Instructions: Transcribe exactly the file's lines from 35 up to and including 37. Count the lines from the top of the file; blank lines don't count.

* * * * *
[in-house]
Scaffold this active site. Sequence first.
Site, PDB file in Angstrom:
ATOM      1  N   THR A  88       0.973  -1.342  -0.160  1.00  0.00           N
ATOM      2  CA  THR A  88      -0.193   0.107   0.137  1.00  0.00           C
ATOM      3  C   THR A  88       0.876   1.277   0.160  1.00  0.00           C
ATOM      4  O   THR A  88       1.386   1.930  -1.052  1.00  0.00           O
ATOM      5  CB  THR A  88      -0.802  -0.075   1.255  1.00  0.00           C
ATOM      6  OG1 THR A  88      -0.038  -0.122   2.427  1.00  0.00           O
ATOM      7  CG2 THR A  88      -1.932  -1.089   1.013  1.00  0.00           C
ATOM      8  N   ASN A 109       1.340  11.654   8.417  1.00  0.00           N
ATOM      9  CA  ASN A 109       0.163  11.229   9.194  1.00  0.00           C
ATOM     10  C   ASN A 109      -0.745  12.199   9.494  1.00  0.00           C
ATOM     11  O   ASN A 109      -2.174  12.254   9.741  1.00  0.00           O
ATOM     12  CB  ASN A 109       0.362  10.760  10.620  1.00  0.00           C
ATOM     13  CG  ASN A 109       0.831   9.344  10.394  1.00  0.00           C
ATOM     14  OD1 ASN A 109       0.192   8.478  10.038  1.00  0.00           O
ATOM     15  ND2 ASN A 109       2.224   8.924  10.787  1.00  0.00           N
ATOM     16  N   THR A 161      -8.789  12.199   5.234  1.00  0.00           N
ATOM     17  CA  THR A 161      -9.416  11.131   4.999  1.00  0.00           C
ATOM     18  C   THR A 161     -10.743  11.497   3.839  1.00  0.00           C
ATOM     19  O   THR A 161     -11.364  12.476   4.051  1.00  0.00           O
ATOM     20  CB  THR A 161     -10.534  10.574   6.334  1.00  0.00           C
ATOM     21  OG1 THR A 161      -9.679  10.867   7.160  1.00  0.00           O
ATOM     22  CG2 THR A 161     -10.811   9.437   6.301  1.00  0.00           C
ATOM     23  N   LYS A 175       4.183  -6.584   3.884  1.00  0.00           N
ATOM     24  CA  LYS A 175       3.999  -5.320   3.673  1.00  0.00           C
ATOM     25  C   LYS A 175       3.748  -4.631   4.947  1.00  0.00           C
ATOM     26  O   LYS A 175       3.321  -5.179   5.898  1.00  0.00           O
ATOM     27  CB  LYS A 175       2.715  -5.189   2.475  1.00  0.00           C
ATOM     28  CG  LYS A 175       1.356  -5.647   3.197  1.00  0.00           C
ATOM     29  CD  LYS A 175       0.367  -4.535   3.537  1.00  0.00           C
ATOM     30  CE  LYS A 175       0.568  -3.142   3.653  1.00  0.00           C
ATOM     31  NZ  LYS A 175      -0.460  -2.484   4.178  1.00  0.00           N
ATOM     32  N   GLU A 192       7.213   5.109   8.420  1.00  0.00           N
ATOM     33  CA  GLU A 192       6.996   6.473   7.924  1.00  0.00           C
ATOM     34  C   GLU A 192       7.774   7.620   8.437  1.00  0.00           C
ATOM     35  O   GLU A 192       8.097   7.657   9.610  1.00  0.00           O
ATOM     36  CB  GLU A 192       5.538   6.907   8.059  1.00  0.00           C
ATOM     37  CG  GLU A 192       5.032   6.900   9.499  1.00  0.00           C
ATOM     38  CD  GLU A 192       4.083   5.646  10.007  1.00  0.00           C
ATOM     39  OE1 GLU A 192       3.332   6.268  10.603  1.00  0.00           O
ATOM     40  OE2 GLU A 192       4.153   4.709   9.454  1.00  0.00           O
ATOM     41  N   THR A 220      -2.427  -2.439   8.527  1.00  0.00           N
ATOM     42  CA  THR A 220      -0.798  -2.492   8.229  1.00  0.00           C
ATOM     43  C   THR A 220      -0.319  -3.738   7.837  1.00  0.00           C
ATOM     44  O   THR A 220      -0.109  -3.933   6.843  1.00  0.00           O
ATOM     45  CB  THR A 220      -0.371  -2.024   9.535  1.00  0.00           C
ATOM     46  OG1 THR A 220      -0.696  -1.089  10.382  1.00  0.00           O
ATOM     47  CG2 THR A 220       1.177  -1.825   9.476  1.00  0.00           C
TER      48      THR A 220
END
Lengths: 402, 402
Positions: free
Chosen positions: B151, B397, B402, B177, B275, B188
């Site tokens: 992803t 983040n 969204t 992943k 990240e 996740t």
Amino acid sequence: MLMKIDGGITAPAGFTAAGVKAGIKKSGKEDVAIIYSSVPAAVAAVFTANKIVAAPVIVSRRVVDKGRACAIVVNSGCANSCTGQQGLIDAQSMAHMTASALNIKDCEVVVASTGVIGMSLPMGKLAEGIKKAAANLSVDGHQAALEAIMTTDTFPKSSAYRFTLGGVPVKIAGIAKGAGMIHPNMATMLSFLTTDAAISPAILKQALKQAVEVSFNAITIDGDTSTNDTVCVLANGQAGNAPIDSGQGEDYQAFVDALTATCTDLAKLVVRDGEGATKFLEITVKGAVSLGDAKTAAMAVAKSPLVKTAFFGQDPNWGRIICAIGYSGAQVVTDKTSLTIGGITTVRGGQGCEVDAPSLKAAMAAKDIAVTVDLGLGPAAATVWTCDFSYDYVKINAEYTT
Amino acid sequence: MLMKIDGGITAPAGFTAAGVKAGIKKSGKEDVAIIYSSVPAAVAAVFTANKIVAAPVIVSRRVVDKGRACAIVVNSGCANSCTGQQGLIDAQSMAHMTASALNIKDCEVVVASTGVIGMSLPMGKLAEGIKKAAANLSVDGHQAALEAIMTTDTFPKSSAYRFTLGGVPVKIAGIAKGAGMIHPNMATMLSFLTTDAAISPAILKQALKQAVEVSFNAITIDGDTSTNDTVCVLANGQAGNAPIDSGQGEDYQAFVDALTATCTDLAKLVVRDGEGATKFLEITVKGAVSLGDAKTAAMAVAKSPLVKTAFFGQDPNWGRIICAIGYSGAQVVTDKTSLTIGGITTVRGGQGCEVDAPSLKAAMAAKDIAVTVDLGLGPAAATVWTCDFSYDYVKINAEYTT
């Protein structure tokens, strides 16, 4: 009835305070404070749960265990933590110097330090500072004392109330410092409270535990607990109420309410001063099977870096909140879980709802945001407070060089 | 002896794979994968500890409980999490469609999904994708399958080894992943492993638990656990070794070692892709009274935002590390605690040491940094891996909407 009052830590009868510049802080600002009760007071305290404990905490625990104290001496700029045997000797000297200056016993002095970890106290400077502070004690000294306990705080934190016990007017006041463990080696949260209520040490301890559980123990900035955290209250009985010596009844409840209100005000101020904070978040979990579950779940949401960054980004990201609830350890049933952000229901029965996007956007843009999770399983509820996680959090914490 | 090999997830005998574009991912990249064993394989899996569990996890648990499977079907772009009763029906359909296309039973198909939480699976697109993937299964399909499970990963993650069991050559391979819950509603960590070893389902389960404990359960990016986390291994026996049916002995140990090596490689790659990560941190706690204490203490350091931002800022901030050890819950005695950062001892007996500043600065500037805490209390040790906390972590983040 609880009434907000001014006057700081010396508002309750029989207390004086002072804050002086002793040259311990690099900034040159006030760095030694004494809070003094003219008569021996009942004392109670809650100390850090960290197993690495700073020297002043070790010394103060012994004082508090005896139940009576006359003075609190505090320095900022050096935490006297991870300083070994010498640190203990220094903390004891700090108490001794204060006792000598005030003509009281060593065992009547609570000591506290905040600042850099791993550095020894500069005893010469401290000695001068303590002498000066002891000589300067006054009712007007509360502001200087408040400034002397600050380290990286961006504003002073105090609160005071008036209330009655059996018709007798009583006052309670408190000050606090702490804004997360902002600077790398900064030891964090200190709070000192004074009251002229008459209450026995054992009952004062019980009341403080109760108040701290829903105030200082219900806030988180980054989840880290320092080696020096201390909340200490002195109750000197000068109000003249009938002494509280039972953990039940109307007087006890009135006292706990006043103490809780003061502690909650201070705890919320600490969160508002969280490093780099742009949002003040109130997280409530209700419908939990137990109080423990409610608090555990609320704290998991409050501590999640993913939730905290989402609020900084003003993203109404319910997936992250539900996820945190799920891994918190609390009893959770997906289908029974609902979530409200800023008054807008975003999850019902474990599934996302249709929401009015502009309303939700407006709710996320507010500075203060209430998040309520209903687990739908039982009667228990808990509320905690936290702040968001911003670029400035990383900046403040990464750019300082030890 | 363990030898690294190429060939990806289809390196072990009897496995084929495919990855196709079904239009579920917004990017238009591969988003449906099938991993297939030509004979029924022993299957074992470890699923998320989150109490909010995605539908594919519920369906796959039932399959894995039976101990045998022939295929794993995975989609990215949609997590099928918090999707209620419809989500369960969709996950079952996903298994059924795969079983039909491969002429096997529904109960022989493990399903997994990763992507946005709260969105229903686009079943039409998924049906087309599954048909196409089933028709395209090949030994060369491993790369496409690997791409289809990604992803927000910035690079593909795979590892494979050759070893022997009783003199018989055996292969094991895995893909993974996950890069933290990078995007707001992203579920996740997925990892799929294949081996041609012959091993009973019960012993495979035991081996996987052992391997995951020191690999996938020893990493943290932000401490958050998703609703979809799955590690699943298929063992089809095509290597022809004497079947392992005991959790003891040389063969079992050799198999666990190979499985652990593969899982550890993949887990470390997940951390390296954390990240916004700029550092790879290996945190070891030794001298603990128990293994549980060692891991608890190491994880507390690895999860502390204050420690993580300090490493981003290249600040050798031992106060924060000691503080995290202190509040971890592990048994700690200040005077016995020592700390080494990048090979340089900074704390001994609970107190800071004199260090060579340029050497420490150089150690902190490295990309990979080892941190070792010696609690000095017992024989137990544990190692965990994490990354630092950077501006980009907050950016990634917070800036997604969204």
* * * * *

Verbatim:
ATOM     32  N   GLU A 192       7.213   5.109   8.420  1.00  0.00           N
ATOM     33  CA  GLU A 192       6.996   6.473   7.924  1.00  0.00           C
ATOM     34  C   GLU A 192       7.774   7.620   8.437  1.00  0.00           C